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goldyrathore 22nd January 2004 04:04 AM

Titanium tweeter vs Ribbon tweeter

I am a newbie and would like to know the differences in implementing a two way with Titanium dome tweeter vs two way with Ribbon element tweeter. Thats a question in general taking typical transducers.
In particular, I am considering the Dayton ribbon

and Audax Titanium dome

The intended usage is for Rock Music and HT use

Thanks in advance

Eton 22nd January 2004 06:47 AM

Neither one.
If you want to use Titanium dome tweeter than I would recommend Seas 27TBFC/G H1212 or 27TBFC/GTV H1213 or 27TBC/G H1147 or LPG 26T.
As for the differences; the main one would be with dome tweeter the listening position (off axis) is not as critical as it would be with Ribbon but the crossover also affects that. Also the dome tweeter generally can be crossed over at lower frequency than most Ribbons and have higher rating power generally. You can get a real great sounding metal dome for under $40 but with ribbons a good sounding one will cost at least 3-4 times more.

SY 22nd January 2004 12:37 PM

Don't overlook Audax's DT101, though I'm not sure what the shielding is like. It sounds great, very detailed and sweet.

VictorG 22nd January 2004 09:52 PM

On the ribbon-

Its very interesting because I picked up an almost identical unit from madisound but made by a company called silver flute. I mean im 99% sure they are the same things by parts pics...

I was building up some relativly inexpensive l/r speakers and bought one of each, this model and the other ribbon that silver flute makes if you look on madisounds webpage.

The one you have pictured definatly has more radiating area and thus can really hit its lower F values given. I ended up going for the smaller model cause I wanted to keep the box size down, but the one you have pictured sounds great.

I like the sound, but just bear in mind that like anything planar the sound is more planar than your typical cone or "titaniuM dome" in this case. Also i dont listen to rock persay, these days Im more into peter gabriel, sting, phil and the like and am looking to hear strain in the voice.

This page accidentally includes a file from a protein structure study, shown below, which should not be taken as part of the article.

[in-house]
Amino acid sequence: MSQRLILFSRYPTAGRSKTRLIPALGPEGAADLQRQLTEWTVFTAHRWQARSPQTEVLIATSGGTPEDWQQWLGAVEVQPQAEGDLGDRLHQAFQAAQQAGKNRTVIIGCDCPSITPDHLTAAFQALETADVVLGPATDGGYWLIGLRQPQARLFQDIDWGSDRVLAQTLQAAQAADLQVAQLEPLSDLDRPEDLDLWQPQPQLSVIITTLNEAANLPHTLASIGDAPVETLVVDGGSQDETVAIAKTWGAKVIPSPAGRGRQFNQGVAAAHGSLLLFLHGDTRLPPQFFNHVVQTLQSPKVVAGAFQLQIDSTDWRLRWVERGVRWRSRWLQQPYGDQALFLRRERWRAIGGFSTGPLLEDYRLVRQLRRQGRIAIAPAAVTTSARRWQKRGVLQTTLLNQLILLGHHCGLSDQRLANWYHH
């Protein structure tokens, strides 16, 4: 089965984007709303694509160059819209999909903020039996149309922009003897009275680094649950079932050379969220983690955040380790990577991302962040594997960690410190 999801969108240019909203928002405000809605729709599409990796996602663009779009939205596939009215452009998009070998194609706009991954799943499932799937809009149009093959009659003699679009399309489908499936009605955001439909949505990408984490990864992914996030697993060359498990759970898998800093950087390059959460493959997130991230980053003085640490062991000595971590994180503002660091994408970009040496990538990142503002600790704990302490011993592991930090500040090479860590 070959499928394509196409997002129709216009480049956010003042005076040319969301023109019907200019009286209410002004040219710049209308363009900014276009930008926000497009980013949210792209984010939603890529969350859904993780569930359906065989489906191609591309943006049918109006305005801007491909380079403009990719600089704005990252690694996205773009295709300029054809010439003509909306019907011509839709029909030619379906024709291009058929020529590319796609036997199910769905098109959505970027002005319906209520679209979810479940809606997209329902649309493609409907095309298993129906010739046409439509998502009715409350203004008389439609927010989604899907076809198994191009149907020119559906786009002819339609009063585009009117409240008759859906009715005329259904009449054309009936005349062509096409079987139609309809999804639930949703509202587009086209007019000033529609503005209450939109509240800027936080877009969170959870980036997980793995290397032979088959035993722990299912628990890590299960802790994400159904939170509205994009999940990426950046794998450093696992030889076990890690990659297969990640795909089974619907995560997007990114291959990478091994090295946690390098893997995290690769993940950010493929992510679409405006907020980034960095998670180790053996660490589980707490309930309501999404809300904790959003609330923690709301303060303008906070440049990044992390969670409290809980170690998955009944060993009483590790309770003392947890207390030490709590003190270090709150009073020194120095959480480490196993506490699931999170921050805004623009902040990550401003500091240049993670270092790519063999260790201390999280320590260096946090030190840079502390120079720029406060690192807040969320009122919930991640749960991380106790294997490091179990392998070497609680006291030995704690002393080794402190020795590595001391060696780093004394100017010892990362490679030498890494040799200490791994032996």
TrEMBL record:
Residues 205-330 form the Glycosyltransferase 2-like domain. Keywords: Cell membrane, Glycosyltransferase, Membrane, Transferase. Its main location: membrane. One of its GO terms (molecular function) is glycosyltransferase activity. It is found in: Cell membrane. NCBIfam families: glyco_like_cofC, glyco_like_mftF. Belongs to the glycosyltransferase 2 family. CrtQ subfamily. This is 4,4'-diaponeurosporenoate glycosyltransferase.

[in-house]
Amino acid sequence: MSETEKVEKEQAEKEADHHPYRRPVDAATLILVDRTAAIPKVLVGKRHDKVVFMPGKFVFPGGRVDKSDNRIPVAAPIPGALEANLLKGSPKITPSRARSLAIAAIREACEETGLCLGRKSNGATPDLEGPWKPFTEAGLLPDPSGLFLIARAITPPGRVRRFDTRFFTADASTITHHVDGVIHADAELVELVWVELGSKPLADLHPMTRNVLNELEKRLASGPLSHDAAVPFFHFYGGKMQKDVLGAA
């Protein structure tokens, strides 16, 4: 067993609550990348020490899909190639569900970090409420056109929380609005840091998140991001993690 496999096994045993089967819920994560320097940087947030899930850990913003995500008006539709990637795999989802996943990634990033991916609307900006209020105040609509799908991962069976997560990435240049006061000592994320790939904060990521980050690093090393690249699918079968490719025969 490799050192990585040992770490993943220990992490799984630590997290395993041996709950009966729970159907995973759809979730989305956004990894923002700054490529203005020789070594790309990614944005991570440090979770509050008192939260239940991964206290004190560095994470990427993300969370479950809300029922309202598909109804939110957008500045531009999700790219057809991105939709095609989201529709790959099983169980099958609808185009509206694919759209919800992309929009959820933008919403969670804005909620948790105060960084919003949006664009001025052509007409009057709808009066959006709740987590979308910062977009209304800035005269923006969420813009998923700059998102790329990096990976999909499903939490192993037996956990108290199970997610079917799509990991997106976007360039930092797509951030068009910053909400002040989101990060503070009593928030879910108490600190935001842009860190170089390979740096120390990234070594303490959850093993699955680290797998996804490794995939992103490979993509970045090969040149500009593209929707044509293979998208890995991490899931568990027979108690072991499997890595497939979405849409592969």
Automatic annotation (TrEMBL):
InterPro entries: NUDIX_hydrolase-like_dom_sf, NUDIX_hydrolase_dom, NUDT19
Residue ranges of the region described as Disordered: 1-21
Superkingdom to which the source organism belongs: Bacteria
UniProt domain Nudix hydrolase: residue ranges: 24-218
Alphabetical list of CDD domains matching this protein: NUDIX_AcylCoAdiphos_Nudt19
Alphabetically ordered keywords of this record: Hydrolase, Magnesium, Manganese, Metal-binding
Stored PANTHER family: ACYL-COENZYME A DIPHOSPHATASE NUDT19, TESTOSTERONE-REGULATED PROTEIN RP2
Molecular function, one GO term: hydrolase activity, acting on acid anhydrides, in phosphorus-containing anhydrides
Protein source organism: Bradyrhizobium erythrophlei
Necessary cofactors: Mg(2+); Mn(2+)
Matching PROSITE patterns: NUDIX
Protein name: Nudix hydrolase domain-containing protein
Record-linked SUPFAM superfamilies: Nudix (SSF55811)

If you are after rock and want it loud, i wouldnt waste my time in the planars. The dome will just handle more power better. If you want details and accuracy go planar.


454Casull 22nd January 2004 10:31 PM

AFAIK, Eton, ribbons of that type (tall and thin) have excellent horizontal dispersion and poor vertical dispersion.

goldyrathore 25th January 2004 06:39 AM

Still undecided!!!!

Regarding high power for rock I would say the target use is for Rock but with medium power (Its a 14 x 10 feet room).

What about the performance in HT 5.1 application. Shielding is problem i know with both. And what about other subjective issues, like transient response, soundstag etc about which the technical params dont give a clue . How much will be the difference in sound if a decent crossover is designed. Is the price difference well worth going for the ribbons. I am talking of 5 nos of Ribbons vs 5 of titaniums. Both also have different recommended crossover frequencies. I have no idea about the difference in sound due to these different crossover frequencies.

I intend to pair them with one of these

a> Dayton 5 1/4 " woofers
Going for MTM with these woofers exceeds my budget .

b>Vifa 4 1/2"

c>Vifa 4 1/2"

If I go for 'a' choice I will be restricted to only TM config due to the price of these woofers.

If I go for 'b' or 'c' choice, I would go for MTM config for fronts and centre and TM for surrounds.

Stereo subs will be added, either vented as seperates or TL in front left and right speakers. I am still studying the deifferences in both alignments and you will hear more on this later.

Speaking of MTM vs TM. I believe that MTM cannot be crossed high enough due to centre to centre differences. So crossover frequency will play a role here. Am I right? What is the rule of thumb for knowing whether my MTM satisfies the condition.
Are there any other rule of thumbs for a combination of this kind.

I hope this thread provides me enough info to have a very good setup.

Thanks in advance.

VictorG 25th January 2004 07:04 AM

I guess the central question is this:

Are you going to be using the system snuggled up next to a girl or are you gonna have alot of dudes over to watch the game?